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National Hispanic Heritage Month

National Hispanic Heritage Month

National Hispanic Heritage Month (U.S. Air Force graphic by Senior Airman Cali Elliott)

PATRICK SPACE FORCE BASE, Fla. --

National Hispanic Heritage Month pays tribute to generations of Hispanic American whose ancestors came from Spain, Mexico, the Caribbean, and Central and South America, and who have positively influenced and enriched our nation and society. Each year, from September 15 to October 15, National Hispanic Heritage Month is observed to honor the significant events for the various Hispanic communities. The term Hispanic originates from the Latin word Hispania, it was first used by ancient Romans to describe the region of Spain they conquered in the second century B.C. The term Hispanic also refers to people of any race who trace their ethnic roots to a country where Spanish is the main language, including Spain. Latino refers to people of any race who trace their roots back to countries from the Caribbean, Mexico, and throughout Central and South America. This year’s theme is: “Esperanza: A Celebration of Hispanic Heritage and Hope.” The anniversary of independence falls on September 15 for Latin American countries Costa Rica, El Salvador, Guatemala, Honduras, and Nicaragua. In addition, Mexico and Chile celebrate their independence days on September 16 and September 18.

While many were fighting on two fronts, for citizenship and equity, Hispanic Americans took tremendous pride in their devotion to duty and continued in their military service from the American Revolution to Afghanistan. Approximately 350,000 Hispanic Americans are currently serving in the Armed Forces and over 86,000 serve as DoD civilian employees. In the long history of this country, Hispanics have fought bravely for the United States. From the Civil War to the Vietnam War, Hispanics have a reputation of being the first in and the last out. The past and present sacrifices of Hispanic Americans serving our country remain an integral component of our national defense and strength. Here are some Hispanic Americans who have not only helped to shape American culture, but who have also enhanced the DoD.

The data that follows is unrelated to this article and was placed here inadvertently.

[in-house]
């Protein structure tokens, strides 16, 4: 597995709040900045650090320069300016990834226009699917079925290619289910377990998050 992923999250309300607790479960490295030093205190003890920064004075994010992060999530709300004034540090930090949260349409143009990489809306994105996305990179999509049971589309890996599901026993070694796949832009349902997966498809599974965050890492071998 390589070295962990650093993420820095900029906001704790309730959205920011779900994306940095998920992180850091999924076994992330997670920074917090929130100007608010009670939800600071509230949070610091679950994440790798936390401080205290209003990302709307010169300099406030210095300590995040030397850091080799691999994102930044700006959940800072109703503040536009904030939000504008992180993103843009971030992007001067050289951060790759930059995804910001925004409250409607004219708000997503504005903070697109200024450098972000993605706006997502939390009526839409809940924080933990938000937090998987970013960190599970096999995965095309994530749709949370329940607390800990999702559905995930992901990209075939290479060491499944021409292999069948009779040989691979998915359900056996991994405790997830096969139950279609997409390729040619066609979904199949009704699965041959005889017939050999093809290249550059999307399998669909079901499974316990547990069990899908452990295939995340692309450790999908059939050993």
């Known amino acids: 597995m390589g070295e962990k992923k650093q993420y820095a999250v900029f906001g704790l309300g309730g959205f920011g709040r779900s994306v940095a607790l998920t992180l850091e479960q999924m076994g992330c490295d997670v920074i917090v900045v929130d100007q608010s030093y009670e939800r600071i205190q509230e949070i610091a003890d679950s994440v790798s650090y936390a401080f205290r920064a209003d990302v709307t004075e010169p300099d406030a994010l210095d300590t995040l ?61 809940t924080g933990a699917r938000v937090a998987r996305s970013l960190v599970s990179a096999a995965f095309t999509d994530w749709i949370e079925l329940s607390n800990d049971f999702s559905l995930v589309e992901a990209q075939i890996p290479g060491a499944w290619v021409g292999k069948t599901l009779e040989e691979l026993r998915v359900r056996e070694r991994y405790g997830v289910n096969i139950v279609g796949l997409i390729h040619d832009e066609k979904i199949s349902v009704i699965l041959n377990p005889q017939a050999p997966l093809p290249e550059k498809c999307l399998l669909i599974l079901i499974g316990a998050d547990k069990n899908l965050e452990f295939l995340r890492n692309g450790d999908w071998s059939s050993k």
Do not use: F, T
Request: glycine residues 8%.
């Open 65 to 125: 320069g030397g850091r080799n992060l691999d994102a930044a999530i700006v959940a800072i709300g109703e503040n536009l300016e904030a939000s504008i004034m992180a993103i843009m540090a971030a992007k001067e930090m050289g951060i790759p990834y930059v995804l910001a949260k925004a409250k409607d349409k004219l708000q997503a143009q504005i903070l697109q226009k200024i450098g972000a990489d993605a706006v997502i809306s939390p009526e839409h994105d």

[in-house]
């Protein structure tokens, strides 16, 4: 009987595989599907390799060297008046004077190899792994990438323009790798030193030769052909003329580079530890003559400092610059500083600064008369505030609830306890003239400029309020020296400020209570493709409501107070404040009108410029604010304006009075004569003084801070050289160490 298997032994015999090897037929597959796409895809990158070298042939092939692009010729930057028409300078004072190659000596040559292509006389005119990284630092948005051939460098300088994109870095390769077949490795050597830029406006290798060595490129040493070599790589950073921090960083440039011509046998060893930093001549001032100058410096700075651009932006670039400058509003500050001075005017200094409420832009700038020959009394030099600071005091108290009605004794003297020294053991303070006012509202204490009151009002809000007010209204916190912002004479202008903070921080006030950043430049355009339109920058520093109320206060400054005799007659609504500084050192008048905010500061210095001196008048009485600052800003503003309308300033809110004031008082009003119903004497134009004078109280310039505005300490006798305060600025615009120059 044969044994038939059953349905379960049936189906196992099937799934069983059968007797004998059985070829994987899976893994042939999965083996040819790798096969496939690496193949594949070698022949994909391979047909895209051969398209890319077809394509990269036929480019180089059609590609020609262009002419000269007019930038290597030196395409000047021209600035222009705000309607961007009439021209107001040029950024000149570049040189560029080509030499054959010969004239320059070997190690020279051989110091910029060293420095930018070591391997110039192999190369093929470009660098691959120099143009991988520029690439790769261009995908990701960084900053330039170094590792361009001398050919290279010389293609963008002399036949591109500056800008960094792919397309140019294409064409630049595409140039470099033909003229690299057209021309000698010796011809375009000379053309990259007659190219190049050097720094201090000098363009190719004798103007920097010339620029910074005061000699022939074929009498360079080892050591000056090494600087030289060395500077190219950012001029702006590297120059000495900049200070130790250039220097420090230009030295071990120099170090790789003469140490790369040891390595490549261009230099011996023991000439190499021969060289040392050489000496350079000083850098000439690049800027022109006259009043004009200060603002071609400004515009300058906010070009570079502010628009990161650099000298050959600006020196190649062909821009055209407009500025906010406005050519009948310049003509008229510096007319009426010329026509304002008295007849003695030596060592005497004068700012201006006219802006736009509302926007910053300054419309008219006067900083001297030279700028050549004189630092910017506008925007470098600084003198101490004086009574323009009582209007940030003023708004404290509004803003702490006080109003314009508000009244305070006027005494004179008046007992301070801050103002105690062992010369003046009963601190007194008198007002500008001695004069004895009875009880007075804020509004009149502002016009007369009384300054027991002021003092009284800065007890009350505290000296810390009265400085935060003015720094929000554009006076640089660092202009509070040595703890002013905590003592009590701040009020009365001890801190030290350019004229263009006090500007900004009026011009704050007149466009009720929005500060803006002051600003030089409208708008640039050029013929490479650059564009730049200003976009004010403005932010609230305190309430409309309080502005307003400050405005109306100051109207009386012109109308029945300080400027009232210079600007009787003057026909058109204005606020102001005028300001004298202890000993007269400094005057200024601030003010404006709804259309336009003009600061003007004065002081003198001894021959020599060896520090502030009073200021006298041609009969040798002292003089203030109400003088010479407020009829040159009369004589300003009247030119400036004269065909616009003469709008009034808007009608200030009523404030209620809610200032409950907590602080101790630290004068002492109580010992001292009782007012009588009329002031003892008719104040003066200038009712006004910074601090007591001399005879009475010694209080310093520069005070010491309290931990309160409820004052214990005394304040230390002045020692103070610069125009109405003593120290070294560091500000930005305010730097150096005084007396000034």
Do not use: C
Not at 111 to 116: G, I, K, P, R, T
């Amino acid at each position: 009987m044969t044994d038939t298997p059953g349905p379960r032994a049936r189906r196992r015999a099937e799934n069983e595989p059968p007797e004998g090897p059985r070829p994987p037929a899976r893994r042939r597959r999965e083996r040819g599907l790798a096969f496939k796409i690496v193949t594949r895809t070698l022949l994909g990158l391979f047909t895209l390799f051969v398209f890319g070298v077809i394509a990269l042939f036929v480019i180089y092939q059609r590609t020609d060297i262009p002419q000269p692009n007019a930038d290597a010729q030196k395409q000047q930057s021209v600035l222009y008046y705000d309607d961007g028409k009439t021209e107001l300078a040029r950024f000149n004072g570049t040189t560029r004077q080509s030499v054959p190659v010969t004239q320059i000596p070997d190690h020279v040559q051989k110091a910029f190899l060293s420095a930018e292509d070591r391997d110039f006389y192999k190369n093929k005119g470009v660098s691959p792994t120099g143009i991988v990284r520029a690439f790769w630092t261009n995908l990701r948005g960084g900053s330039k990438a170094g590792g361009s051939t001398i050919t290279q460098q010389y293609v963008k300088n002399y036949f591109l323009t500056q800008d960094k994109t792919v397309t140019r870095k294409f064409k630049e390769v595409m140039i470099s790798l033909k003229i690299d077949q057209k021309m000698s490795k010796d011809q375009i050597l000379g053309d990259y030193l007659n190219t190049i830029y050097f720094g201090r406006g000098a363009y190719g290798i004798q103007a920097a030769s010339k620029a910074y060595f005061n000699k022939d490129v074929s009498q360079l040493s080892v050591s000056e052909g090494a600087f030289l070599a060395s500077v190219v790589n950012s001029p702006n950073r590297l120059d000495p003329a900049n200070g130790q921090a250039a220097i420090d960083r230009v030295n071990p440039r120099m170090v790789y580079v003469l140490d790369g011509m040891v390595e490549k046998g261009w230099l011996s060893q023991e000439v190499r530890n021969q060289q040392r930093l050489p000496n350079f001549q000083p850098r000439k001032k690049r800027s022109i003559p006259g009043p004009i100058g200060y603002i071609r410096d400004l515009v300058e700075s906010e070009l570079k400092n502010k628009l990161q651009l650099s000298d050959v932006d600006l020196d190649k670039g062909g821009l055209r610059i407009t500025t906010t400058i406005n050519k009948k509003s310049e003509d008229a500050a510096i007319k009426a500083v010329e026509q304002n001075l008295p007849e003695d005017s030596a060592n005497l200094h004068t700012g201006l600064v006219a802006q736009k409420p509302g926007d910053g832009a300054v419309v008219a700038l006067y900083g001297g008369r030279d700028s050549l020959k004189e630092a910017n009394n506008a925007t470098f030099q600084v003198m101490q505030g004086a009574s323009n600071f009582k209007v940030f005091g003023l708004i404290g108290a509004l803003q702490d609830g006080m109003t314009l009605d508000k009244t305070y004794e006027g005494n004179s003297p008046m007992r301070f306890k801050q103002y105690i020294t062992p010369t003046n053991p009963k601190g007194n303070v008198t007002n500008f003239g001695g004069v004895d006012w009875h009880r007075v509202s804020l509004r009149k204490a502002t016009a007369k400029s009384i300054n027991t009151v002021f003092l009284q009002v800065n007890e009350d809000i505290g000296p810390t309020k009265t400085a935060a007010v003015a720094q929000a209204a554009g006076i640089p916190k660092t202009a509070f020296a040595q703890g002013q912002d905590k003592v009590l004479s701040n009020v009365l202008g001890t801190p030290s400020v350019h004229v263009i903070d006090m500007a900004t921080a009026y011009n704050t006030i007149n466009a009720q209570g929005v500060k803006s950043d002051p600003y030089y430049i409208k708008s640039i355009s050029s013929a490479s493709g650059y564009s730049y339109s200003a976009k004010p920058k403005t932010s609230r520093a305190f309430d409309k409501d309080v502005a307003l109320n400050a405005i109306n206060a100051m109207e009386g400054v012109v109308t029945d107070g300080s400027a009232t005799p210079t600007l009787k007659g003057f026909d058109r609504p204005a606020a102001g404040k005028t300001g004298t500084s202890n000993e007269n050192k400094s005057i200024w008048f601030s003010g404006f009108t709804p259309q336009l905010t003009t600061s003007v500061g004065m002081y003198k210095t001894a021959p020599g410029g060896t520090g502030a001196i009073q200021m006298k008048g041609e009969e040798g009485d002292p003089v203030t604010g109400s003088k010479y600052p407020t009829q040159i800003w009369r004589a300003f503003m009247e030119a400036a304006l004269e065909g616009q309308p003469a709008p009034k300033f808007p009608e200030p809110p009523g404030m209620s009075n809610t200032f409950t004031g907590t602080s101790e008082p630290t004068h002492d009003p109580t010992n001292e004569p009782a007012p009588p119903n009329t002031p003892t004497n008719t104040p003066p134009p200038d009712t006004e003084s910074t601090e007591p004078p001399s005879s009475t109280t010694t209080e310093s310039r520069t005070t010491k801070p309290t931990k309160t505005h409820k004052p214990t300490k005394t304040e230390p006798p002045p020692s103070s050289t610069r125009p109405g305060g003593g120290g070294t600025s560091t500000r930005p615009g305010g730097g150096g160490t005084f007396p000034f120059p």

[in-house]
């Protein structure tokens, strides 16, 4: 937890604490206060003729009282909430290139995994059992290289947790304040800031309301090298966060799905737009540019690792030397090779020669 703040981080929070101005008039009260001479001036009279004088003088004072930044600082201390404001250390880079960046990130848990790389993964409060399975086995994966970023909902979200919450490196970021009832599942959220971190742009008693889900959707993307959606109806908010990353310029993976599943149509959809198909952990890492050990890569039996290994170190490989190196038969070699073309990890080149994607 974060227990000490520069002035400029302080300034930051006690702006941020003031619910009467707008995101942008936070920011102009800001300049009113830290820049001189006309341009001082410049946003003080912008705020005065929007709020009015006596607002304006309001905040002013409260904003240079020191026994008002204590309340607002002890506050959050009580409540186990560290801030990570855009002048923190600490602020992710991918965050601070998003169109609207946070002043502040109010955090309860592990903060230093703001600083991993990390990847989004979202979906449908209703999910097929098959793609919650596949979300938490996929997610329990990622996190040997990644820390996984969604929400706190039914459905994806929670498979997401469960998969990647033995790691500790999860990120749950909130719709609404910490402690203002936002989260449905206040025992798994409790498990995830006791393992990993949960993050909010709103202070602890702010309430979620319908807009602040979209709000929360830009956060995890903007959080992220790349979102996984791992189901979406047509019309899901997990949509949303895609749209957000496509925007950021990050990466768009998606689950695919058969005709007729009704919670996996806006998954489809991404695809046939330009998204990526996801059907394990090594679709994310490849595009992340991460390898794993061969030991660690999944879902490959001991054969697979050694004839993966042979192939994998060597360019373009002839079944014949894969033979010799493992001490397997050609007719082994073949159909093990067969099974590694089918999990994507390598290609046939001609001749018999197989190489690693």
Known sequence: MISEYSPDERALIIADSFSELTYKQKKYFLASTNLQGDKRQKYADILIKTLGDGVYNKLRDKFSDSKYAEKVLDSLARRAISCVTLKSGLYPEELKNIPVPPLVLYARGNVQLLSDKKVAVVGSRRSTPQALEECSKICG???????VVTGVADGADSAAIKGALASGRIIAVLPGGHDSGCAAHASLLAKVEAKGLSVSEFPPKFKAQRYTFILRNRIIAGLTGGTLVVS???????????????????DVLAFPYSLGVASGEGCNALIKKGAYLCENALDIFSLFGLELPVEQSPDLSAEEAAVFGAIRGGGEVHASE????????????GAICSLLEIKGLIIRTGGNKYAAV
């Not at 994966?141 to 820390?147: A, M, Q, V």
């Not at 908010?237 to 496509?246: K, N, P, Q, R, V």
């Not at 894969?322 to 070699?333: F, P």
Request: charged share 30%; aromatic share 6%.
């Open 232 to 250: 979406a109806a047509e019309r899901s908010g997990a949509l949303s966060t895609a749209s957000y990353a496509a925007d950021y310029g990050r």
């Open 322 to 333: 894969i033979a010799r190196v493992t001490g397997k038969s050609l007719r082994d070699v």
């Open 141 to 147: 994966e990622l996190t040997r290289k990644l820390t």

- The oldest of 12 children, Dr. France Anne Cordova was the youngest person to hold the position of NASA chief scientist. Cordova is the recipient of NASA’s Distinguished Service Medal, it’s the highest honor. Dr. Cordova now serves as the 11th president of Purdue University, and the first Hispanic woman to lead the Indiana campus.

- On May 23, 1943, in Alaska’s Aleutian Islands, Private Joseph P. Martinez of Colorado became the first Hispanic-American to receive the Medal of Honor for his actions during World War II. His posthumous award was for the first act of combat heroism on American soil (other than the 15 at Pearl Harbor) since the Indian Campaigns.

- David G. Farragut is perhaps the best-known Hispanic Civil War hero. He served in the Union Navy and later became the first admiral in the U.S. Navy. Congress created the rank and awarded it to him after his August 5, 1864, victory in the Battle of Mobile Bay.

- After the September 11, 2001, terror attacks, SMSgt Ramon Colon-Lopez took the fight to the enemy during four deployments in support of Operation Enduring Freedom from July 2002 to September 2004. Over the course of 60 combat missions, his actions resulted in the apprehension of 30 high-value targets. He received his first Bronze Star with Valor for courage under fire while supporting the Presidential Security Detail for Hamid Karzai. During a direct action mission, his helicopter was crippled by anti-aircraft fire originating from the target area. After the crash landing, Colon-Lopez and two SEALs assaulted a fortified position, killed five combatants, and removed the threat to the remainder of the helicopter assault force. His second Bronze Star with Valor was for heroism displayed during that mission.

We honor our Hispanic community-military and civilian-for their significant contributions towards protecting the United States and embodying the DoD values that unite us all as one team. During this month as we recognize National Hispanic Heritage Month, please use this opportunity to ask yourself and others, “What contributions and efforts do you make to embody the DoD values and unite your team?”